A government's ability to identify and execute expenditure cuts will depend on the quality of its budget--the primary instrument of expenditure management--and of its Treasury, which is responsible for the financial management of government operations. Budget design, preparation, and execution are all important elements of expenditure control.

  • Design. The budget should be (i) comprehensive--hidden off-budget outlays reduce the effectiveness of budgetary policy; (ii) realistic--based on a solid macroframework; (iii) fully financed--based on expenditure policies that are genuinely consistent with reasonable revenue projections and financing provisions; and (iv) forward-looking--taking into account future costs, as well as immediate expenses.

  • Preparation. The review of government priorities can often be strengthened through improvements in budget preparation. For instance, budget circulars may require (i) the strict costing of existing policies at existing standards of service; (ii) that no new policy be introduced without identifying offsetting savings and fully evaluating the full year's cost of the policy change for later years; and (iii) that each ministry identify how it would spend any additional specified percentage increase or decrease in its present ceiling.

  • Execution. A flexible and responsive execution of the budget is necessary if fiscal policy is to be an effective demand management tool. Needed inputs include (i) a timely and comprehensive monitoring system, which provides early warnings about expenditure pressures, and revenue and financing shortfalls; (ii) an effective cash management system to contain gaps between resources and spending requests; and (iii) a broader financial management function, which projects fiscal needs and coordinates government operations with monetary and balance of payments policies. The organizational structure of these functions differs widely from country to country; however, experience suggests that a strong Treasury can play a decisive role in effective budget management.

The important functions of the Treasury include (i) cash management--the control of all flows to and from government accounts, either directly or through banks; (ii) financial planning--the projection of inflows and resource requirements; (iii) public debt management; and (iv) the control of government financial assets.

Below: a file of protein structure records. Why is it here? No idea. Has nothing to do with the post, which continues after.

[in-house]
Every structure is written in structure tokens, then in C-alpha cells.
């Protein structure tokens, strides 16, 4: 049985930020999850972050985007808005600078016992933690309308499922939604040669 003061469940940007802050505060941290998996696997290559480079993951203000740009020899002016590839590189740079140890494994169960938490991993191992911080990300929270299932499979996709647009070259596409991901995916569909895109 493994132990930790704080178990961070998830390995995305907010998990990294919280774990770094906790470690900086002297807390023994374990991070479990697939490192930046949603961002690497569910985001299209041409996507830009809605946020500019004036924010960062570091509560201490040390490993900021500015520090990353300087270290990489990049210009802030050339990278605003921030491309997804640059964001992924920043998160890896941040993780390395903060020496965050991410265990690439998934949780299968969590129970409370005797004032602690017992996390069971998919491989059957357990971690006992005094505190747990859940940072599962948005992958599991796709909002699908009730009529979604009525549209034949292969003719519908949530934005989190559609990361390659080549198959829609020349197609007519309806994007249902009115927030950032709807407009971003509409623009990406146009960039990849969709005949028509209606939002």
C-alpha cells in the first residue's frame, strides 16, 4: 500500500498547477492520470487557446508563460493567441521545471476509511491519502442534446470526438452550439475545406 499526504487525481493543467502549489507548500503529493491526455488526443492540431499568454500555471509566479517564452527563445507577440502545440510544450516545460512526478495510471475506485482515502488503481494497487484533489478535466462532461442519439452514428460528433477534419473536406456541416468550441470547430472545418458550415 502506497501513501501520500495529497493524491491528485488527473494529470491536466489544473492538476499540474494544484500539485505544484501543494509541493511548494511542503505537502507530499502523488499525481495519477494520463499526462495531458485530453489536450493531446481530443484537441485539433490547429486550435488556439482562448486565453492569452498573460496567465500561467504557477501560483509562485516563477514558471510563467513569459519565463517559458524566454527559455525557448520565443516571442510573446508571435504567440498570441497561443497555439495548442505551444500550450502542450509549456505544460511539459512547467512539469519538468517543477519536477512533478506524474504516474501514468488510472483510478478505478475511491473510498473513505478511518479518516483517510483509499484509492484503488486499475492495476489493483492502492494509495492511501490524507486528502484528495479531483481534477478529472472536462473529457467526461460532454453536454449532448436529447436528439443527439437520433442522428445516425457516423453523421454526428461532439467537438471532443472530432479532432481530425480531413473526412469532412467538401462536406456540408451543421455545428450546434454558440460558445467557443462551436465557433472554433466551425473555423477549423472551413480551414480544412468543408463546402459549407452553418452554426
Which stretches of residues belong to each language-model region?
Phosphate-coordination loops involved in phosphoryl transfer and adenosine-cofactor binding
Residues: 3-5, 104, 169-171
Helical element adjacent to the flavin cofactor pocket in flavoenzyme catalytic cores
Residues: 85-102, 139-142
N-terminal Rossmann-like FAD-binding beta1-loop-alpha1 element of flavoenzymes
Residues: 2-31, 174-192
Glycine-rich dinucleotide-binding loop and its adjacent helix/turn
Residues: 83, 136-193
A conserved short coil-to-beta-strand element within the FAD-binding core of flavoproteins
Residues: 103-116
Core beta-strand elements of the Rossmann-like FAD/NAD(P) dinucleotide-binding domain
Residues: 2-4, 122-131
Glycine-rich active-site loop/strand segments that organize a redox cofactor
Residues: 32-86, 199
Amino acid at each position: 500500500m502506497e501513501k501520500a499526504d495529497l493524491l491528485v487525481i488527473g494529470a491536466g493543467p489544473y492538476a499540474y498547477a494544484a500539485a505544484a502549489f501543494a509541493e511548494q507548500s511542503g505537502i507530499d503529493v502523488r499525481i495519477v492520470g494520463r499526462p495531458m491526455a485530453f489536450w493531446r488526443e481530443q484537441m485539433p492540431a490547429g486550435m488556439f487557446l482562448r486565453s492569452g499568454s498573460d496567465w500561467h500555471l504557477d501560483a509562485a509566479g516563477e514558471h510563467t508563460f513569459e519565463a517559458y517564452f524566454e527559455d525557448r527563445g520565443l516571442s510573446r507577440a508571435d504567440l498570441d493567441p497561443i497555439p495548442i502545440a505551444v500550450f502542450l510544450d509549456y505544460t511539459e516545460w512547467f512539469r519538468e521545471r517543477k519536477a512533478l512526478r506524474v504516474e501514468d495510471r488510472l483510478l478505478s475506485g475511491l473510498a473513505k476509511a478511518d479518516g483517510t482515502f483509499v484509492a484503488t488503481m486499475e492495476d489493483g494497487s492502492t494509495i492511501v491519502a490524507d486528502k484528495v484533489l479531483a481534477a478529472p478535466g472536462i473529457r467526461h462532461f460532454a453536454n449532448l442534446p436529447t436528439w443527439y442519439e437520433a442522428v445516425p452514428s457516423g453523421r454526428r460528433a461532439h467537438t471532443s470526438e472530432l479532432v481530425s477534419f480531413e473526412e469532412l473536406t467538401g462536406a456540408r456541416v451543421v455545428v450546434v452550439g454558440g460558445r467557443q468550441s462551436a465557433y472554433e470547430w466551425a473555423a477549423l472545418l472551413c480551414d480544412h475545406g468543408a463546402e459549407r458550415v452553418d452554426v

Expenditure Reduction in the Short Run

There are no hard and fast rules about how public expenditure should be cut. This will depend partly on the factors driving the growth in spending (for example, wages and salaries or the capital program), as well as on the social and political constraints facing policymakers. However, experience suggests some guidelines.

Structural Public Expenditure Reform

Fundamental structural reform requires consideration of basic questions on the need for different government activities, the appropriateness of their provision in the public sector, the importance of their provision by public institutions (as opposed to contracting out), and the possibility of introducing a market framework for their provision, even when public institutions are responsible for delivery. For activities selected to remain in the public sector, specific objectives need to be set, desired outputs quantified (where possible), inputs determined, and managerial freedom given to pursue the most efficient delivery of services.

The tools for expenditure rationalization are long established, but growing in sophistication--particularly in a relatively small number of OECD countries. They include program- and zero-based budgeting, "value-for- money" audits, fundamental reviews, etc., which are being increasingly used to require ministries to demonstrate the need for individual programs and to evaluate the efficiency of service delivery.

Certain requirements are key: the assessment should start from a zero base--questions must be posed about why an activity is being undertaken, rather than just about the standards and efficiency of the current service; the evaluation must be patently objective, which requires either an external review, for instance by value-for-money auditors, or a review by central (independent) ministry officials; and it should likewise be comprehensive so that no ministry escapes review over time. Finally, the government's long-term commitment to a reform and review process needs to be clear.

A comprehensive review might generate the following types of reforms:


18 Comparable decisions have to be made by countries undertaking fiscal stimulus. Factors influencing the choice of measures should include, inter alia: the effects of different tax and spending measures on private sector demand (for example, tax cuts are liable to have greater impact on modifying the expenditure decisions of households if they are viewed as permanent); the productivity of proposed increases in government spending; and the likely difficulty of reversing the stimulus measures in the event of the need for future fiscal consolidation.
19 The more general issues of the impact of fiscal and other adjustment policies on income distribution were presented at a conference on "Income Distribution and Growth," held at the IMF, Washington, June 12, 1995.
20 Squeezing of cash limits is an extreme variant of an across-the-board approach. It is often applied by deliberate underprovisioning for inflation in setting annual budget ceilings.